And so we conclude The 2021 Funky Winkerbean Awards. The first ever year-end awards event in Son of Stuck Funky history! But will it be the last?
Years ago, many of us hypothesized that Batiuk may end his strip at the 50th Anniversary; go out with a major milestone achieved and draw a line under half a century of storytelling. The counter still sits at the very bottom of the right of the blog, expressing this hope.
64 days from the 50th, I think it’s safe to say he has no plans to retire this year, or even relatively soon.
And to that I say, good. Judging by the comments, the 2021 Funky Awards were a smashing success. If he wants to continue, then maybe we’ll be here again next year, with a new set of punchable Les Moore faces to choose from.
But before we close this first one out, I have some people to thank, ANOTHER SPREADSHEET (yay!) and a final arc I’d like to recognize.
First of all, I want to thank those of you who comment almost daily! Some of you are relative newcomers, some of you have been at this for longer than I’ve been lurking around. You are ALL awesome.
A few years ago this blog was averaging 15 to 25 comments a day, often less. This year, as boring and inane as the stories seemed to be, we regularly hit 40, 50, sometimes more. There are a lot of great places to go on the internet to post snark on Funky Winkerbean, but people here were also discussing, debating, analyzing. They were posting photoshop edits, strip rewrites, and song parodies. This isn’t just a place to get some great sarcastic quips whipped up by clever minds, it’s also a place to vivisect the very concept of humor itself. So thank you!
Secondly, to the lurkers or occasional posters, thank you. Even if you’re just upvoting or downvoting comments, or chuckling at the banter as you scroll through, we’re glad you stopped by. You are always welcome to comment (provided it’s blog kosher), and should never feel pressured to.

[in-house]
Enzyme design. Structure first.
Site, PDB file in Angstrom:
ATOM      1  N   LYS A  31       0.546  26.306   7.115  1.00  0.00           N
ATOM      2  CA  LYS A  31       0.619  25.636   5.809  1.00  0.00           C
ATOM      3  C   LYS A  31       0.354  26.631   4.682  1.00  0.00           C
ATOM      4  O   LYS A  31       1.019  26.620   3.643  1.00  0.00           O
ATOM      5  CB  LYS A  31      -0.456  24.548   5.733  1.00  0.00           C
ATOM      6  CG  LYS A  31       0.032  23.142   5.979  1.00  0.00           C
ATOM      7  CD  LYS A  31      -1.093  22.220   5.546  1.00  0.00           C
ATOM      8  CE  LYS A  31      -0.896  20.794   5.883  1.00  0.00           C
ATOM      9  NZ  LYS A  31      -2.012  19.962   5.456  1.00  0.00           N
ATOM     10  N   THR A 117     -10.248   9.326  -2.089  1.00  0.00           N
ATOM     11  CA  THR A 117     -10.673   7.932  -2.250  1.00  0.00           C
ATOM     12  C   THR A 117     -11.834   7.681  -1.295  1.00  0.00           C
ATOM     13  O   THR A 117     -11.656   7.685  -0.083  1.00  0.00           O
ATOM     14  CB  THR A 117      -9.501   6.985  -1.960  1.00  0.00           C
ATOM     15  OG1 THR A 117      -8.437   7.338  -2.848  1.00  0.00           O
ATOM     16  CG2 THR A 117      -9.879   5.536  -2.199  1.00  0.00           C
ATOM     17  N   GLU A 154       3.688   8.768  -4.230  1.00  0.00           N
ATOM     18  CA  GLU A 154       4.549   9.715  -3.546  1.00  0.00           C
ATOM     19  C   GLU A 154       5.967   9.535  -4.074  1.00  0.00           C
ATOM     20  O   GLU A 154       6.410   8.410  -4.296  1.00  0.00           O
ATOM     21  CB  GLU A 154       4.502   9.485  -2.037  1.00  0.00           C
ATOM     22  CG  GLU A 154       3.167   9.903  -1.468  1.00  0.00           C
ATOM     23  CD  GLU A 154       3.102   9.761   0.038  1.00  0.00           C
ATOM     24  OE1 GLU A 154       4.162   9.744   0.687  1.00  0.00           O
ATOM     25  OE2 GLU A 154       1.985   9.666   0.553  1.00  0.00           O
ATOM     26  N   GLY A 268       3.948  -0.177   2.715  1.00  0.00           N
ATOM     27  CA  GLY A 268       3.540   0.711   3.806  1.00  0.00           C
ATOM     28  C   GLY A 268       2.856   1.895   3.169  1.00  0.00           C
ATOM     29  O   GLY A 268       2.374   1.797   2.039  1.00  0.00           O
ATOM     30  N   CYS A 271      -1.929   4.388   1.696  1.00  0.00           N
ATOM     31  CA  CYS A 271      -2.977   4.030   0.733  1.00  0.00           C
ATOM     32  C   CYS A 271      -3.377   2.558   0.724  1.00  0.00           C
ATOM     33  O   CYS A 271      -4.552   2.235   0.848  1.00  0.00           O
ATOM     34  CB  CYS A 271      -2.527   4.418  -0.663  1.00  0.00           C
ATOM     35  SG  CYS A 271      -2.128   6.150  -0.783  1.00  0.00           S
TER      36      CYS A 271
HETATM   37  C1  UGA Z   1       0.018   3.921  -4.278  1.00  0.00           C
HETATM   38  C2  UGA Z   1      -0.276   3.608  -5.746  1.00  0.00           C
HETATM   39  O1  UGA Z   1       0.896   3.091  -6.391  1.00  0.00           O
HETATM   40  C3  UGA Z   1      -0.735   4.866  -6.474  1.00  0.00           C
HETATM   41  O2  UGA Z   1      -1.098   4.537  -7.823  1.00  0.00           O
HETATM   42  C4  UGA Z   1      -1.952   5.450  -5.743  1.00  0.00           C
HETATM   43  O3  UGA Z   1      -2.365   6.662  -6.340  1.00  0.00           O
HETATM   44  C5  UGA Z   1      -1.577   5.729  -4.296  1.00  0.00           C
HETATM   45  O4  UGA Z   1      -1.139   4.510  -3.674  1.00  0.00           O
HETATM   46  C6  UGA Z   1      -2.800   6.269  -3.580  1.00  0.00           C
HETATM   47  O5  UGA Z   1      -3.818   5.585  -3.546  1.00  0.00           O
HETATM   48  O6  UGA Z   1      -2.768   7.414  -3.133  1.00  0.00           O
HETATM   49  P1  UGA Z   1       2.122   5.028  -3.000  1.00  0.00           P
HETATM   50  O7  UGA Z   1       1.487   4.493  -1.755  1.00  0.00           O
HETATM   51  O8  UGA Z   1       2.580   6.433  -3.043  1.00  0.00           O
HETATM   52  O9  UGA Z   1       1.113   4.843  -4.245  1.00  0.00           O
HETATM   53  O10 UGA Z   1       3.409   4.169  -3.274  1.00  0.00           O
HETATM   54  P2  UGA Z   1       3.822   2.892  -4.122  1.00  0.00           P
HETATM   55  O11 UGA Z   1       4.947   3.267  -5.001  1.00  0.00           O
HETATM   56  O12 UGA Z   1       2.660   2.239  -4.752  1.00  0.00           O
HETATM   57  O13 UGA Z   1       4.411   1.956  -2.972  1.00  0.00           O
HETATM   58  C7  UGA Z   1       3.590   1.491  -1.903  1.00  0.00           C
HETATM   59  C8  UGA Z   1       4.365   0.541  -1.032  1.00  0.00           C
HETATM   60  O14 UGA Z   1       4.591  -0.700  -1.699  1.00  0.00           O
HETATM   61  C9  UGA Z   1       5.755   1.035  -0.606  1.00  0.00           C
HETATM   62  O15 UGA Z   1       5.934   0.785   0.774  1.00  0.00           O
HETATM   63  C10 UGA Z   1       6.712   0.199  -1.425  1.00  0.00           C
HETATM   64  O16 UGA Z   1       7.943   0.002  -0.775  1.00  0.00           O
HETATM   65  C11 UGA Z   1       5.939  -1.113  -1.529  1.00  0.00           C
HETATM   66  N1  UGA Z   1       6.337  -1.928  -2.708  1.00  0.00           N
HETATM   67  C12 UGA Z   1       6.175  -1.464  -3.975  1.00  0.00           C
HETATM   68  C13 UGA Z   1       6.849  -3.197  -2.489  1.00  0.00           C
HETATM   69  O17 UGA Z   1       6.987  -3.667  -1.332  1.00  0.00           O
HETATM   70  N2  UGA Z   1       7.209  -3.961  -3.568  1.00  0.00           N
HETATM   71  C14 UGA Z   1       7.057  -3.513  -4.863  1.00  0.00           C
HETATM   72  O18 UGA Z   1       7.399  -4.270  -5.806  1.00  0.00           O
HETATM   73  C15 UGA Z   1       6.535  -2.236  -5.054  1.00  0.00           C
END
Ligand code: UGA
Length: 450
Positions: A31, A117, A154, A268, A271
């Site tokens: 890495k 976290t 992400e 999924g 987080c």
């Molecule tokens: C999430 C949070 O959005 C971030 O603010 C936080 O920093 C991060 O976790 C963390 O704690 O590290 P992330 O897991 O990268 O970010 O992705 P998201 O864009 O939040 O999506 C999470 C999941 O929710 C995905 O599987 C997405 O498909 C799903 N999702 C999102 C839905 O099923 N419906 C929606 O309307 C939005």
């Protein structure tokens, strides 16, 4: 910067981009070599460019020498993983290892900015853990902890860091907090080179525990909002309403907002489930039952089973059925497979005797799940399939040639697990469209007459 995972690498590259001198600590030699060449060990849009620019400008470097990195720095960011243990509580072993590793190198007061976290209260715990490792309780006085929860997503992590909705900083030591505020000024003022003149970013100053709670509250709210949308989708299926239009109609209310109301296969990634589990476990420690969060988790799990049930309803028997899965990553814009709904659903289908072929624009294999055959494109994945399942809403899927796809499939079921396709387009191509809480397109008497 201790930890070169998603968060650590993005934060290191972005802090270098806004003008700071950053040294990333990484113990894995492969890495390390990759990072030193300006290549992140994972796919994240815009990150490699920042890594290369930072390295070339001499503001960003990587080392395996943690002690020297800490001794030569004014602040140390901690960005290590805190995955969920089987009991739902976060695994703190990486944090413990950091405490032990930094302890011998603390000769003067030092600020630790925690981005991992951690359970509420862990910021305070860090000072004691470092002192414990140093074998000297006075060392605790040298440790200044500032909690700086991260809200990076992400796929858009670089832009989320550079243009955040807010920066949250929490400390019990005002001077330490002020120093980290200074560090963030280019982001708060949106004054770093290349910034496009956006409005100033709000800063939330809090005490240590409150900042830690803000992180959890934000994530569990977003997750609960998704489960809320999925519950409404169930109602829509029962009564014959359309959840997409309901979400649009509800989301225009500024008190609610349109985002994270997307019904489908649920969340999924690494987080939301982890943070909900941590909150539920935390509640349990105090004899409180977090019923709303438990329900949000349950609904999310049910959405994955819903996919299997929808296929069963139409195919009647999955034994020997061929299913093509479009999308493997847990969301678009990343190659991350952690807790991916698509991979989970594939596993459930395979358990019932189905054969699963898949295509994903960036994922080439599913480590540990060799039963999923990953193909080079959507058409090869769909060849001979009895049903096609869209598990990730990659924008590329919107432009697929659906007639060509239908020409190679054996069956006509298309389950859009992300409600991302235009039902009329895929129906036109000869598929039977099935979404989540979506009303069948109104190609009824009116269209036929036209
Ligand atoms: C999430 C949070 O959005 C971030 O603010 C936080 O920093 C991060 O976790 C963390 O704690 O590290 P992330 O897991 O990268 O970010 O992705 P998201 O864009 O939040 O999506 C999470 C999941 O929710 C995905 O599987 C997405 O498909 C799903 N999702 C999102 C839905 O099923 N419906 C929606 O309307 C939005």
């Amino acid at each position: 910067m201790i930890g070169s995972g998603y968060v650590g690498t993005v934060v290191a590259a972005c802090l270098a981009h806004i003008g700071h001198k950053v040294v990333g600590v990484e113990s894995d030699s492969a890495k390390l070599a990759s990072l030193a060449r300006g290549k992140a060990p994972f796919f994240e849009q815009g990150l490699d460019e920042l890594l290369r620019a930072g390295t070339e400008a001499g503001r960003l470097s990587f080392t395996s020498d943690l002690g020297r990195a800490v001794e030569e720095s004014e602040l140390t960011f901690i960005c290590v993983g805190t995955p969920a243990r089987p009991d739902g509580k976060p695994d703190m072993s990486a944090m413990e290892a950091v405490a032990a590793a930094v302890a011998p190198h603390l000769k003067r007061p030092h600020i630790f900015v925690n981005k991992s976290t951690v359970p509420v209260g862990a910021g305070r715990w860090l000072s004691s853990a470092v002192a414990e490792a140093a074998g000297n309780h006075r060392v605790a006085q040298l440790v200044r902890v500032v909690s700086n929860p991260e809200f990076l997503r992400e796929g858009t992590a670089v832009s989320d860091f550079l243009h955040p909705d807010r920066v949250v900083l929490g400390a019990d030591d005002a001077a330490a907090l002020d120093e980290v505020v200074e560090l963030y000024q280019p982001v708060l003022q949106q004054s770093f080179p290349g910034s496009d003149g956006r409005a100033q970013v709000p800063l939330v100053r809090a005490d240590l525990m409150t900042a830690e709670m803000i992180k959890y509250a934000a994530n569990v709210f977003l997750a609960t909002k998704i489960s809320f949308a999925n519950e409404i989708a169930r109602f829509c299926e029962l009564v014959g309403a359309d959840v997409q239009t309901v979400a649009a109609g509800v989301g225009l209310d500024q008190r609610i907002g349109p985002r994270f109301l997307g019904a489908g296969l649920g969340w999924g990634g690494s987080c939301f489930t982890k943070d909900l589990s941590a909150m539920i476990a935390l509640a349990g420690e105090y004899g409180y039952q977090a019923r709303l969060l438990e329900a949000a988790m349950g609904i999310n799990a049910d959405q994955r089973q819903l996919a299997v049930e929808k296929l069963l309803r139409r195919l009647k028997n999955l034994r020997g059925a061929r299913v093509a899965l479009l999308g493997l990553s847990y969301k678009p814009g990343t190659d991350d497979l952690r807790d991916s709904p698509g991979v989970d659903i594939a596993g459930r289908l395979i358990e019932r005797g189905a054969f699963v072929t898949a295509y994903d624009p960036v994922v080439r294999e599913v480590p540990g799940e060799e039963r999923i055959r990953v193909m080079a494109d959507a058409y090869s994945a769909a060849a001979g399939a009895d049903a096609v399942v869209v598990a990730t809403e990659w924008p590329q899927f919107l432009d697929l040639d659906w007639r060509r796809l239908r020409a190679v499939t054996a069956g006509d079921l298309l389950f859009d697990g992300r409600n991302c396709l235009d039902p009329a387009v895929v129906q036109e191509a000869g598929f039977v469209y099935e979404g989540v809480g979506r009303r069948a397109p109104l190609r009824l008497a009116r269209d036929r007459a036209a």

A big thanks, and a tip of the CBH keyboard, to my fellow guest writers:
Thanks to Beckoning Chasm, for the hilarious post titles, the cheeky pop-culture references, and your dark artistic flair. Thanks for creating the hilarious gif of Les getting pummeled by an Eisner. Hope you don’t mind I wanted it front and center for these awards.
Thanks to SpacemanSpiff85 for being able to methodically shred the logical and humor failings of strip after strip after strip with Socratic insight. Every post from you asks how? why? when? and nails Tom to the wall for his lack of answers.
Thanks for Billy the Skink, our resident Batiukstorian, and poet laureate. We can always count on you to educate us on 50 years of Westview history; or spin a pointless strip into a golden bundle of haiku, and to tag the ever living HECK out of it. If we were the Starship Enterprise, (TNG, of course,) you would be Data. (I would be Wesley.)
A huge thank you to Epicus Doomus, the power behind the throne. He not only writes his two week shift, he moderates, he schedules everyone else, he subs if someone can’t complete a shift. I may go off on a tear and spend two weeks playing ‘try-hard’, but then I get to hibernate for a couple months. For Epicus, the work doesn’t stop. He carries the burden of a lot of the behind the scenes minutiae. Thank you.
Another huge thank you to TFHackett, Blogmeister-In-Chief, not only for creating this blog and keeping it trucking along, but for your posts, your humor, and your hilarious panel edits. Without you, this blog wouldn’t exist, and none of us would have this great place to voice our opinions on a single syndicated comic strip read by almost no one else.
And a final thank you to the mysterious ‘Stuck Funky’ writer, the progenitor of the original blog from which we are descended. Wherever our primordial ancestor is, I wish him or her happiness, humor, and health.
Speaking of voices….